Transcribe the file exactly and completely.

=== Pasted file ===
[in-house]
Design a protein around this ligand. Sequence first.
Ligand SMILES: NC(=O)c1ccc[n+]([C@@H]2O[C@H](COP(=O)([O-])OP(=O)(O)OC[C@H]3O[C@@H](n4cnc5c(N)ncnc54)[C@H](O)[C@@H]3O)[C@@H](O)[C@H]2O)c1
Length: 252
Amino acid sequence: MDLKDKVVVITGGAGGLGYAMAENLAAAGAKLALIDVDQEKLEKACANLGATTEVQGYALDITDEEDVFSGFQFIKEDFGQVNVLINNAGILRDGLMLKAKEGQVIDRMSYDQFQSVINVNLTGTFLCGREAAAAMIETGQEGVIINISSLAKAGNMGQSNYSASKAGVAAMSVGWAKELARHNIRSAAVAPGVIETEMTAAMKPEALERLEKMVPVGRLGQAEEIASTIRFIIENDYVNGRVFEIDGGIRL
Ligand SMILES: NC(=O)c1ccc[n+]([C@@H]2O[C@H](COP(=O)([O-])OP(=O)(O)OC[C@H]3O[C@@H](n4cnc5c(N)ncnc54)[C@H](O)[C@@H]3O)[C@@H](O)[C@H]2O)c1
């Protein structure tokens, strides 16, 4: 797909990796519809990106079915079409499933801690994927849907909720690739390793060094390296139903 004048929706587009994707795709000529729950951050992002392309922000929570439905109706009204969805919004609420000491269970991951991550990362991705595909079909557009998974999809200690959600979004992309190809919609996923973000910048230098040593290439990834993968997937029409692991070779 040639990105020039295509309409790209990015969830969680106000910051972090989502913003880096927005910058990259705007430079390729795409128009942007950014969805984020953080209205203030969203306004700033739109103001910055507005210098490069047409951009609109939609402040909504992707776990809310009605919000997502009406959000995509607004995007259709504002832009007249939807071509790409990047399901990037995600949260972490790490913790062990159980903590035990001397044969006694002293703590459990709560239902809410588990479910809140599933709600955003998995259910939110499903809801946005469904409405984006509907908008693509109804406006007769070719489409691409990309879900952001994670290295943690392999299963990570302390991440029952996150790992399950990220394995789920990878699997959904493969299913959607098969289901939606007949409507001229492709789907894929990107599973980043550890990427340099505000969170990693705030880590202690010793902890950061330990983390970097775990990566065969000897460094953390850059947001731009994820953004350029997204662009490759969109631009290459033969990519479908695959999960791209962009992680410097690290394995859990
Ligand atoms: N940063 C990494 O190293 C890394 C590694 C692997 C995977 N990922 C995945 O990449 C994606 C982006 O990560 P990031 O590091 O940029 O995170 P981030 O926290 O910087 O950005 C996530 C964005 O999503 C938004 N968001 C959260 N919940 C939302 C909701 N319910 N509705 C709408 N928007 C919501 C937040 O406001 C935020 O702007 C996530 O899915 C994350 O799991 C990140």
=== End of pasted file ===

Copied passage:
[in-house]
Design a protein around this ligand. Sequence first.
Ligand SMILES: NC(=O)c1ccc[n+]([C@@H]2O[C@H](COP(=O)([O-])OP(=O)(O)OC[C@H]3O[C@@H](n4cnc5c(N)ncnc54)[C@H](O)[C@@H]3O)[C@@H](O)[C@H]2O)c1
Length: 252
Amino acid sequence: MDLKDKVVVITGGAGGLGYAMAENLAAAGAKLALIDVDQEKLEKACANLGATTEVQGYALDITDEEDVFSGFQFIKEDFGQVNVLINNAGILRDGLMLKAKEGQVIDRMSYDQFQSVINVNLTGTFLCGREAAAAMIETGQEGVIINISSLAKAGNMGQSNYSASKAGVAAMSVGWAKELARHNIRSAAVAPGVIETEMTAAMKPEALERLEKMVPVGRLGQAEEIASTIRFIIENDYVNGRVFEIDGGIRL
Ligand SMILES: NC(=O)c1ccc[n+]([C@@H]2O[C@H](COP(=O)([O-])OP(=O)(O)OC[C@H]3O[C@@H](n4cnc5c(N)ncnc54)[C@H](O)[C@@H]3O)[C@@H](O)[C@H]2O)c1
């Protein structure tokens, strides 16, 4: 797909990796519809990106079915079409499933801690994927849907909720690739390793060094390296139903 004048929706587009994707795709000529729950951050992002392309922000929570439905109706009204969805919004609420000491269970991951991550990362991705595909079909557009998974999809200690959600979004992309190809919609996923973000910048230098040593290439990834993968997937029409692991070779 040639990105020039295509309409790209990015969830969680106000910051972090989502913003880096927005910058990259705007430079390729795409128009942007950014969805984020953080209205203030969203306004700033739109103001910055507005210098490069047409951009609109939609402040909504992707776990809310009605919000997502009406959000995509607004995007259709504002832009007249939807071509790409990047399901990037995600949260972490790490913790062990159980903590035990001397044969006694002293703590459990709560239902809410588990479910809140599933709600955003998995259910939110499903809801946005469904409405984006509907908008693509109804406006007769070719489409691409990309879900952001994670290295943690392999299963990570302390991440029952996150790992399950990220394995789920990878699997959904493969299913959607098969289901939606007949409507001229492709789907894929990107599973980043550890990427340099505000969170990693705030880590202690010793902890950061330990983390970097775990990566065969000897460094953390850059947001731009994820953004350029997204662009490759969109631009290459033969990519479908695959999960791209962009992680410097690290394995859990
Ligand atoms: N940063 C990494 O190293 C890394 C590694 C692997 C995977 N990922 C995945 O990449 C994606 C982006 O990560 P990031 O590091 O940029 O995170 P981030 O926290 O910087 O950005 C996530 C964005 O999503 C938004 N968001 C959260 N919940 C939302 C909701 N319910 N509705 C709408 N928007 C919501 C937040 O406001 C935020 O702007 C996530 O899915 C994350 O799991 C990140």